(Poets and Poetry in America)

Throughout Isabella Gardner’s career, beginning with Birthdays from the Ocean, an underlying theme is types and depths of relationships. The prefatory poem (“That ’Craning of the Neck’”) deals with the ideal situation in which the individual consciousness (represented by the poem’s speaker) should merge with other people and especially objects in nature. Often, however, separateness remains. The poet-speaker seeks unsuccessfully to develop empathy with a great blue heron, but nature remains merely a series of objects. The same failure is seen in “Southwest of True North,” as the poet-speaker cannot identify with actual birds or their myths.

Similar failure to connect with other individuals or objects is seen in “To Thoreau on Rereading Walden.” Gardner explains that Henry David Thoreau lost his hound, bay horse, and turtledove because he simply failed to listen and thus did not establish the kind of relationship that will transcend death. Individual self-absorption also leads to the loss of the exotic (“At the Zoo”), but unlike Thoreau and “The Sloth,” extinct and legendary animals show some possibility of rebirth. Likewise, the negative and isolated sides of human nature are seen in the pseudo-freakishness of the sideshow clown in “Three Rings or Five Rings.”

Gardner’s theory of relationships extends to poetry (“Reveille for a Rockinghorse Poet”), as the poet-narrator advises younger poets to choose the original and exotic, rejecting the safe course. Nevertheless, in “When in Rome . . . ,” the poet, who is the main character, again fails to establish empathy with the unicorn and the birds.

Allusions to history and literature abound. “Abraham and Isaac” raises the relationship between Bible stories and modern sacrifices. “Homo Gratia Artis” similarly alludes to the Bible, the writings of William Shakespeare, and classical mythology, demonstrating their fundamental unity. Likewise, “In the Museum” deals with the poet’s recognition of a relationship with the museum’s female mummy, whose life probably parallels hers. A similar identification exists in “Cock-a-Hoop,” in which the poet’s soldier lover is represented as cavalier and chanticleer, both dead. Another elegy is “When a Warlock Dies,” Gardner’s tribute to the late poet Dylan Thomas.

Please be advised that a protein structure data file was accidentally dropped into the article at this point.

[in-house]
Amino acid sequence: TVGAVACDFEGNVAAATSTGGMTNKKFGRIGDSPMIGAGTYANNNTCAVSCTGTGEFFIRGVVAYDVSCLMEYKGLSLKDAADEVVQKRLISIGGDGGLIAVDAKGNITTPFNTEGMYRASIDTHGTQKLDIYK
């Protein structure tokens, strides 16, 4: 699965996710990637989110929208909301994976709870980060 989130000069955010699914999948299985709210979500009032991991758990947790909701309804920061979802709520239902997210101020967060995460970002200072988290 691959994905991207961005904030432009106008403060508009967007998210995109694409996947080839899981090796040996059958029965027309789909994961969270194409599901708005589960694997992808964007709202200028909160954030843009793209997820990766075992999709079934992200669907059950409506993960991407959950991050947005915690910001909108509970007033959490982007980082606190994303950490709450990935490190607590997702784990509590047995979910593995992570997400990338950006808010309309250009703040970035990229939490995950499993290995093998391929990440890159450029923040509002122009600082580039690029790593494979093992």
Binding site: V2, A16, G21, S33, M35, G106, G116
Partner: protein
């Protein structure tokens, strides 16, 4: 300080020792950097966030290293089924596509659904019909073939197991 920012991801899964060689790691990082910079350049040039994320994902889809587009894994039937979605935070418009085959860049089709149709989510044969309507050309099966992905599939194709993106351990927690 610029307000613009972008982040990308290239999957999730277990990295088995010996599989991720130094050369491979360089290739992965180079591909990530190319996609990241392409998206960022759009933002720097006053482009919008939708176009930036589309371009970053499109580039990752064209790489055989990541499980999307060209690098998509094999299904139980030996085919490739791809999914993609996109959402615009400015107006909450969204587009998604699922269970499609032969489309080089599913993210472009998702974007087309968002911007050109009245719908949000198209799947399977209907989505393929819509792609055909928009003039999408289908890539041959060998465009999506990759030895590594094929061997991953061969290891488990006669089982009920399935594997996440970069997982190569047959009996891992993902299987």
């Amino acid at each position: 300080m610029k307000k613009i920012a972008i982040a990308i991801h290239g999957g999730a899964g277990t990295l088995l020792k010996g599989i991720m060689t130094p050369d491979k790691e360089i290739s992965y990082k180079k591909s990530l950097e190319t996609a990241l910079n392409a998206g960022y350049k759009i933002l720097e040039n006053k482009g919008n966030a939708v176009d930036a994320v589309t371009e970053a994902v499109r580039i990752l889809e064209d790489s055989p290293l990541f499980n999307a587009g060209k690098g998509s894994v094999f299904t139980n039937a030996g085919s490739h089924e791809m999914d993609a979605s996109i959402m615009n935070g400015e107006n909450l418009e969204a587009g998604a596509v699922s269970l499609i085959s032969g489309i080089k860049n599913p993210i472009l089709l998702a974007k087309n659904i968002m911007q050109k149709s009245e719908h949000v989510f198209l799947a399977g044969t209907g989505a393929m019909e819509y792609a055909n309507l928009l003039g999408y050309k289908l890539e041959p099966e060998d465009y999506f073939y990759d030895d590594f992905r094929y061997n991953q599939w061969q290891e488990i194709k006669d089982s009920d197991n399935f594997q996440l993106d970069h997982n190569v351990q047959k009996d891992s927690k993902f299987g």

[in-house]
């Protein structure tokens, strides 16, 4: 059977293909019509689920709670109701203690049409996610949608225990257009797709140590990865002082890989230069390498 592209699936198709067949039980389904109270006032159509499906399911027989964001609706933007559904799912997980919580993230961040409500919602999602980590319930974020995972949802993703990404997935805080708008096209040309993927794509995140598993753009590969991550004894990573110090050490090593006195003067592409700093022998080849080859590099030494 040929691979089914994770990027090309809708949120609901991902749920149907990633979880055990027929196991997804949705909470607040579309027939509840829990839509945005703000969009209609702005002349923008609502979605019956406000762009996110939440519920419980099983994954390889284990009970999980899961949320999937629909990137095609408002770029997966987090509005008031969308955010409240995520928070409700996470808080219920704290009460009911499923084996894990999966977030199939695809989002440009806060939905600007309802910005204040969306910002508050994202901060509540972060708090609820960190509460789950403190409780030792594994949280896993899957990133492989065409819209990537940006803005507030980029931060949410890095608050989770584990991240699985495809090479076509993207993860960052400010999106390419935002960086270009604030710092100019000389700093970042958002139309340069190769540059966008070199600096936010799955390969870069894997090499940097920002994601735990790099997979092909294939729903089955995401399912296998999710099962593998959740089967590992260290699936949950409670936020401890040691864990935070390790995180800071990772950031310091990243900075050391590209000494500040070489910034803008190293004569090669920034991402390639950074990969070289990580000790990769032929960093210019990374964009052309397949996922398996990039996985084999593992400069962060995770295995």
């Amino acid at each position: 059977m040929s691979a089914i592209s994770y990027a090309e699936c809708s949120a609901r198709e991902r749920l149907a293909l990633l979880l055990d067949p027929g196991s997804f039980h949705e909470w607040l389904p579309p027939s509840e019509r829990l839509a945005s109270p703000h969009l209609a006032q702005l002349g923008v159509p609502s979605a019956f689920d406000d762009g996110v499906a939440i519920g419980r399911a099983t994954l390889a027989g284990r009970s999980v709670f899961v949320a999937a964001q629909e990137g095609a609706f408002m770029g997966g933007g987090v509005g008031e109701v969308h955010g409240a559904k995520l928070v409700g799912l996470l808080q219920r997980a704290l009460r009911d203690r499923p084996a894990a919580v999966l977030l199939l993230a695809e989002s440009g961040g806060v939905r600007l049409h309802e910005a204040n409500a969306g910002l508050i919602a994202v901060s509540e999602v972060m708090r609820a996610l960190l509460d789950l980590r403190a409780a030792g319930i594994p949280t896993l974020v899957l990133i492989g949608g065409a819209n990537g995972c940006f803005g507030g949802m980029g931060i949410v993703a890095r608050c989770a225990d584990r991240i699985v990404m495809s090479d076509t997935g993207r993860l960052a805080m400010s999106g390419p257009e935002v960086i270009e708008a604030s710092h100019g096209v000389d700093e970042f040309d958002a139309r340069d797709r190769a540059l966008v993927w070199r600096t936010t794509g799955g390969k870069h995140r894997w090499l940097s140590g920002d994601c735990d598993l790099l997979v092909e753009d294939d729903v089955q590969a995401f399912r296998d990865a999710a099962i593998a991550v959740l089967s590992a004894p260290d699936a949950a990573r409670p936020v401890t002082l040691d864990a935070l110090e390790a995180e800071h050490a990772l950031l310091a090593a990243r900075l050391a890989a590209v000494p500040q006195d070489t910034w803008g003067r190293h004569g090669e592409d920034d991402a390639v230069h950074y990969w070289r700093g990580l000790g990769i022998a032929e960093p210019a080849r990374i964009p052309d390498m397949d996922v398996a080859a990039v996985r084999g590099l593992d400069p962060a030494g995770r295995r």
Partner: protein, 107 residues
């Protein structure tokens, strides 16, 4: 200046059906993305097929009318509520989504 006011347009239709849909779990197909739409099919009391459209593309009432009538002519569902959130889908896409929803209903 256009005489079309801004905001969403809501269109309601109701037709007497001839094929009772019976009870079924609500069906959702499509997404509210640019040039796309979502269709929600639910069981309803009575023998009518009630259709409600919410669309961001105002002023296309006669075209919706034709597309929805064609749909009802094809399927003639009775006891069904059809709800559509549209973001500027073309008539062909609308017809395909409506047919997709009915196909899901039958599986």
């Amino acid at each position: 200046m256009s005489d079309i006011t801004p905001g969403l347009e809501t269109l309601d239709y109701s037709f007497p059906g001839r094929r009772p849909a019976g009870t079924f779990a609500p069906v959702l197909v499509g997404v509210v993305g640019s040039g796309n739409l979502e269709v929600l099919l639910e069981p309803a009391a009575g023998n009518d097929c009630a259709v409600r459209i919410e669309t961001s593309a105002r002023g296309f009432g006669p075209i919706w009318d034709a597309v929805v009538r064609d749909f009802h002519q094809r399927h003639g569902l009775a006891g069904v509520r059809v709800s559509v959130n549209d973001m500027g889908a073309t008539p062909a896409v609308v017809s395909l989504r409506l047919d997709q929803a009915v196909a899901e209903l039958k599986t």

Death is an important theme in “Of Flesh and Bone,” in which the poet describes her changing attitudes toward death, the word she will not pronounce; she and her lover wonder if their separation might not be worse than a literal death. “The Only Relic” suggests that the poet-narrator’s quest for artifacts yields only a tiny skull, displayed although it is likely to be destroyed.

The failure of love is the underlying theme in several poems. “Compleat Anglers” describes lovers as hooking each other, birds, and fish, but in doing so, they merely exact pain from these objects. “Lines to a Seagreen Lover” catalogs the poet-narrator’s regrets at the limited activities they shared. In contrast, infatuation/seduction is the subject of “The Milkman.”

Several other poems deal with the relationship between childhood and adulthood. “It Rained Last Night” describes the restorative effect of rain. “West of Childhood,” dedicated to Gardner’s brother George, reflects on the parallels between their memories of childhood and the experiences of their children. In “Children Are Gone,” the deceased narrator contrasts her stillness with the shouts of children skating on the pond.


(The entire section is 1473 words.)